- A Nigerian Bishop, Rt. Rev. Owen Nwokolo, told the leadership of the labour unions not to relent in their negotiation over the increase in the fuel and electricity tariff
- The cleric urged the labour to fight for the rights of Nigerians without any compromise
- Nwokolo begged the labour and the government to be sincere and transparent in the negotiation
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Following the recent increase in petrol price and electricity tariff, a prominent Anglican Bishop, Rt. Rev. Owen Nwokolo, has advised the organised labour not to betray Nigerians in their negotiation with the federal government.
Vanguard reports that the cleric who is the Bishop of Anglican Diocese on the Niger reminded the labour unions that Nigerians are angry on account of the hardship they are passing through on daily basis.
Legit.ng gathered that Nigerians would not tolerate any manner of insincerity and sellout in the course of the negotiation by the labour leaders.
The Bishop, who spoke on the sideline of the inauguration of 133 Knights and Ladies of St Christopher and five Dames of Diocese, begged the labour and the government to be sincere and transparent and approach the issues with open minds for the good of Nigerians.
“The anger of Nigerian stems from the hardship they are going through in all aspects of life and past disappointments from the organized labour; the leadership of the organised labour should therefore use the ongoing negotiation with the federal government to assuage Nigerians.
"The Nigerian masses are using the ongoing negotiation as a test case for them, and therefore they should not disappoint the people. The organised labour, particularly the NLC and TUC, should know that Nigerians are watching them as they negotiate with the federal government for their welfare.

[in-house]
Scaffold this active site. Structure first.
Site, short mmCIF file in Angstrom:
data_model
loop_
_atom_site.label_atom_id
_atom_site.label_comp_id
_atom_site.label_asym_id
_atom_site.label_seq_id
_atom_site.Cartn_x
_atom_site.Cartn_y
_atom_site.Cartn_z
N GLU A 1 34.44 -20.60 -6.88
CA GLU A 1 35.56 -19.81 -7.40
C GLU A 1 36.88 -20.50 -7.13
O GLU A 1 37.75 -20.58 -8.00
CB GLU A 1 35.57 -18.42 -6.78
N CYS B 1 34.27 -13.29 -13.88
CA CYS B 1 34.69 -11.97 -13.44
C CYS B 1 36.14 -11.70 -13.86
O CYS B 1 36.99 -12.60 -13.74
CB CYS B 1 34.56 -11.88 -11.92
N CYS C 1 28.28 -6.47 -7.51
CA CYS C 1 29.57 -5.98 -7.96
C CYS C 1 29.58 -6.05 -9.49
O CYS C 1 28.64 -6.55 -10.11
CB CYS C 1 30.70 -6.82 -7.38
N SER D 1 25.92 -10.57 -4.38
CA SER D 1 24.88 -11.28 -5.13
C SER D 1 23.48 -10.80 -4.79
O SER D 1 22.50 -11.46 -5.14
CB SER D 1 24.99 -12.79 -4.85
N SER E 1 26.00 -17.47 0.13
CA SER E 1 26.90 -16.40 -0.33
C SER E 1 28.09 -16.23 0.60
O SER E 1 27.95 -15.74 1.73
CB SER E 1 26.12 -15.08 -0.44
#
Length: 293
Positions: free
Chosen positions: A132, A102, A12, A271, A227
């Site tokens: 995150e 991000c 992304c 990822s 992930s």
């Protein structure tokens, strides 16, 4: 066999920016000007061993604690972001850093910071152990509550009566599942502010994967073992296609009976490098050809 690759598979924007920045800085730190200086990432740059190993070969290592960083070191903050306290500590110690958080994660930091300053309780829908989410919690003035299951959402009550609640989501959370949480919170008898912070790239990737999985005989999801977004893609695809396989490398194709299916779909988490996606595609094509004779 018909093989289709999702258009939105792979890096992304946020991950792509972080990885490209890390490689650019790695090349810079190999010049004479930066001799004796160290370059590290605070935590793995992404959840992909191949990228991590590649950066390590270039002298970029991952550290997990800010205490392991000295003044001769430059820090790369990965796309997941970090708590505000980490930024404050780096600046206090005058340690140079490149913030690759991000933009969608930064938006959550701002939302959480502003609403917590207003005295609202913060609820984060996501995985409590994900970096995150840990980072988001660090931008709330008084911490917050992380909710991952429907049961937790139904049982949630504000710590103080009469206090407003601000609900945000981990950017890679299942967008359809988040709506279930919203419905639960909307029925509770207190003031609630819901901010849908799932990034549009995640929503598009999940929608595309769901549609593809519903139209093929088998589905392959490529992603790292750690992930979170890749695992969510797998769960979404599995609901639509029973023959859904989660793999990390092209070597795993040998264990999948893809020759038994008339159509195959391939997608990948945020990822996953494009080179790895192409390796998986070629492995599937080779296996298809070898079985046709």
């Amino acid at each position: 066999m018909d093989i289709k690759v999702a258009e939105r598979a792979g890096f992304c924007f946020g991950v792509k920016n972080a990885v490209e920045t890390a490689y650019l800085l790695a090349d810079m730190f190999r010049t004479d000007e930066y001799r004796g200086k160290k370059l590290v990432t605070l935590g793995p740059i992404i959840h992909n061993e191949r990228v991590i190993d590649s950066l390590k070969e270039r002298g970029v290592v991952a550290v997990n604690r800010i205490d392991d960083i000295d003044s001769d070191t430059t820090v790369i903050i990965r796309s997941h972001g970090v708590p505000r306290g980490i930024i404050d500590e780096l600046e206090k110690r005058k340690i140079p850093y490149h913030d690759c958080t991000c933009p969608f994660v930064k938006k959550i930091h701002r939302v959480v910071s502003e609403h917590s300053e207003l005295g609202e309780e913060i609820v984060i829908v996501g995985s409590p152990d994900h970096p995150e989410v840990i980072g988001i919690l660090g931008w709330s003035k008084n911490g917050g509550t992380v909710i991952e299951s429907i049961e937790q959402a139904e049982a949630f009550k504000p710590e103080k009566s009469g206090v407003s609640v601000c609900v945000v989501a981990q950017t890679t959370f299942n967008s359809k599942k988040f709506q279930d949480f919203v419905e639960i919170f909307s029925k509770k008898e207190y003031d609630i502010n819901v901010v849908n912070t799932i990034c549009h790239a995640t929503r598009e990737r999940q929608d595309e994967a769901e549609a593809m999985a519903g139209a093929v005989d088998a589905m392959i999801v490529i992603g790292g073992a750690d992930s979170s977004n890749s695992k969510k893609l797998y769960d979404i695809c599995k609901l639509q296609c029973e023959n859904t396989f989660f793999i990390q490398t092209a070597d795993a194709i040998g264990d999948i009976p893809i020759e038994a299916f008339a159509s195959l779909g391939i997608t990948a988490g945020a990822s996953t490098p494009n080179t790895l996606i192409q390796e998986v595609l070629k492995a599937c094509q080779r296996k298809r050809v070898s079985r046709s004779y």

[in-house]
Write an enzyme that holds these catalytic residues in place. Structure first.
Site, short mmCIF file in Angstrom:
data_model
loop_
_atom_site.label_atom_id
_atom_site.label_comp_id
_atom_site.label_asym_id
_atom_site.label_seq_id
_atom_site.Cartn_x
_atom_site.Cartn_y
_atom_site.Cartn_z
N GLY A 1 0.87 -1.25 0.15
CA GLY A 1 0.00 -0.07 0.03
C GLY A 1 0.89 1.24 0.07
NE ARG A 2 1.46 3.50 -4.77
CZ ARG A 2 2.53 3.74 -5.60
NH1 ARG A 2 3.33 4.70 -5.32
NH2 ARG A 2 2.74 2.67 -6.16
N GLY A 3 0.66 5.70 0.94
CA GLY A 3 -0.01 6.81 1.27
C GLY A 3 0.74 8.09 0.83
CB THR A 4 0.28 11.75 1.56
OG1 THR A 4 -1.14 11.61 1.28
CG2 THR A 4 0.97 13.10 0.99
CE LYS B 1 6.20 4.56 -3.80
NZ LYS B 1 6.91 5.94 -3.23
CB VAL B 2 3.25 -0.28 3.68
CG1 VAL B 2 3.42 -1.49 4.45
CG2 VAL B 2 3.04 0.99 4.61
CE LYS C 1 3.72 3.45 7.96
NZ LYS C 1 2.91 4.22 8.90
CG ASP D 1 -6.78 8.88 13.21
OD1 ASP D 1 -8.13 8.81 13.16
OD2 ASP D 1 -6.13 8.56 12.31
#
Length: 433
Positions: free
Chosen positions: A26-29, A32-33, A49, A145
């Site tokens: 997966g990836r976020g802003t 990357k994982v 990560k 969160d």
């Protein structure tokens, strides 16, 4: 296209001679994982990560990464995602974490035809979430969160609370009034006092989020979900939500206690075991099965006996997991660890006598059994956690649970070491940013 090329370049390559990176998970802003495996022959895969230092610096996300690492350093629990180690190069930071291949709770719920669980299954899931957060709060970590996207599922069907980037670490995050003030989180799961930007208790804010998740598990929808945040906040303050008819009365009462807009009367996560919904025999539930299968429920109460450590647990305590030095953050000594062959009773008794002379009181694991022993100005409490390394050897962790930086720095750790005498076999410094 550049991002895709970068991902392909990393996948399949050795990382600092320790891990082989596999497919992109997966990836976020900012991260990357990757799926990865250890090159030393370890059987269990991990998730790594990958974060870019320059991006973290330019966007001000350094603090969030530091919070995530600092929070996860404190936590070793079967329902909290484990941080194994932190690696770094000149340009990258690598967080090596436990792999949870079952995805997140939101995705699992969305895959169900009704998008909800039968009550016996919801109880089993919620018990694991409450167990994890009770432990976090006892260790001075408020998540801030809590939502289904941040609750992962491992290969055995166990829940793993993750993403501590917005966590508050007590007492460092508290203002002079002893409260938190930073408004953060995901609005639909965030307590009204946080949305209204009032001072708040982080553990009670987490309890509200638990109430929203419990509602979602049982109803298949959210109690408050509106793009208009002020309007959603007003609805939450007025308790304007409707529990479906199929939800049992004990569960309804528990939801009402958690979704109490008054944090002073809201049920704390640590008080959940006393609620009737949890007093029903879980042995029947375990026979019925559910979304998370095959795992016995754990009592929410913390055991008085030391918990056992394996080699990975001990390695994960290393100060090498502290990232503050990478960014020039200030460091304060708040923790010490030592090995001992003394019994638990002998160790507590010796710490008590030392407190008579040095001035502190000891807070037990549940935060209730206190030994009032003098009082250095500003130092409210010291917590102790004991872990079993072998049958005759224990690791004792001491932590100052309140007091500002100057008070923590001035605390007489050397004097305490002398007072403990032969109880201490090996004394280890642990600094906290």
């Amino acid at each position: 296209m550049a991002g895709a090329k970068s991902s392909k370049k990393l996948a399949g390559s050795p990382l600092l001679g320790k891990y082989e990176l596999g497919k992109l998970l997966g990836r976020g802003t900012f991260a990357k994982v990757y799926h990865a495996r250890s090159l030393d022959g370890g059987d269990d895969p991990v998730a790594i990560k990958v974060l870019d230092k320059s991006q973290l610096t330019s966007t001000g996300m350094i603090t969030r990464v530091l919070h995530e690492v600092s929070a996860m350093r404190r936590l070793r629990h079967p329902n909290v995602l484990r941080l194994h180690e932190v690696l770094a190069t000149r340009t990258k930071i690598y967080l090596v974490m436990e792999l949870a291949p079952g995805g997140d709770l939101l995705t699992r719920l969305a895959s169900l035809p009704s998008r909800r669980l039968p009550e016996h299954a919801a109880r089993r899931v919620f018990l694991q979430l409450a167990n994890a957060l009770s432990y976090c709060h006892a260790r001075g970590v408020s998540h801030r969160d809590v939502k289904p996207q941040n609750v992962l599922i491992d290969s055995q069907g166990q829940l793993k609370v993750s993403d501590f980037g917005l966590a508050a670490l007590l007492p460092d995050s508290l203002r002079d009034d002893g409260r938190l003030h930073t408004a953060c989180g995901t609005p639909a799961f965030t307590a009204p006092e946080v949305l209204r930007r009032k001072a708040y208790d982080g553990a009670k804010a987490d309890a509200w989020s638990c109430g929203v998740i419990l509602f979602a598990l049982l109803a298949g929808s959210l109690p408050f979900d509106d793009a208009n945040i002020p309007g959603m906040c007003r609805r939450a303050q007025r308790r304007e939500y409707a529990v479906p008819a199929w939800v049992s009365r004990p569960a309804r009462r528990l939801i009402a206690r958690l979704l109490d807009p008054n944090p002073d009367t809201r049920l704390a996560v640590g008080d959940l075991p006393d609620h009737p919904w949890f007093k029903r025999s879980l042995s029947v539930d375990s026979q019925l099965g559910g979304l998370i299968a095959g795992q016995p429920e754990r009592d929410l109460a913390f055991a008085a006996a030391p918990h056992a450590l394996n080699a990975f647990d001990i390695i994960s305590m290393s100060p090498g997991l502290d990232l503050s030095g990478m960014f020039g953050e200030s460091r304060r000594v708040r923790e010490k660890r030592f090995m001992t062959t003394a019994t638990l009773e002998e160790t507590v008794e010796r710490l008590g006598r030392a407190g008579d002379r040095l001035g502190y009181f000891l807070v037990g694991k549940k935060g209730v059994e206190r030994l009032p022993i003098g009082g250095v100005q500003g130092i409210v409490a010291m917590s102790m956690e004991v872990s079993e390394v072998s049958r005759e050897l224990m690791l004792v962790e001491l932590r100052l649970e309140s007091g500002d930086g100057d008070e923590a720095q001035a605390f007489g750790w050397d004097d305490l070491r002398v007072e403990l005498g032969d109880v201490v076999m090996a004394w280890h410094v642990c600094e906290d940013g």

''Nigerians are angry and will never tolerate any kind of sellout as there is punishment for such action from Nigerians. Nigerians expect them to be firm in negotiating for their welfare."
Meanwhile, Legit.ng had previously reported that labour unions in the country suspended their planned nationwide strike scheduled for Monday, September 28, over the hike in the pump price of fuel and electricity tariff.
It was reported that the strike was suspended after the federal government reached an agreement with the unions following negotiations that lasted several hours.
The minister of state, labour, and employment, Festus Keyamo, tweeted that as part of the negotiations, the government would suspend the electricity tariff hike for two weeks pending when a committee set up would examine the justifications for the new policy.
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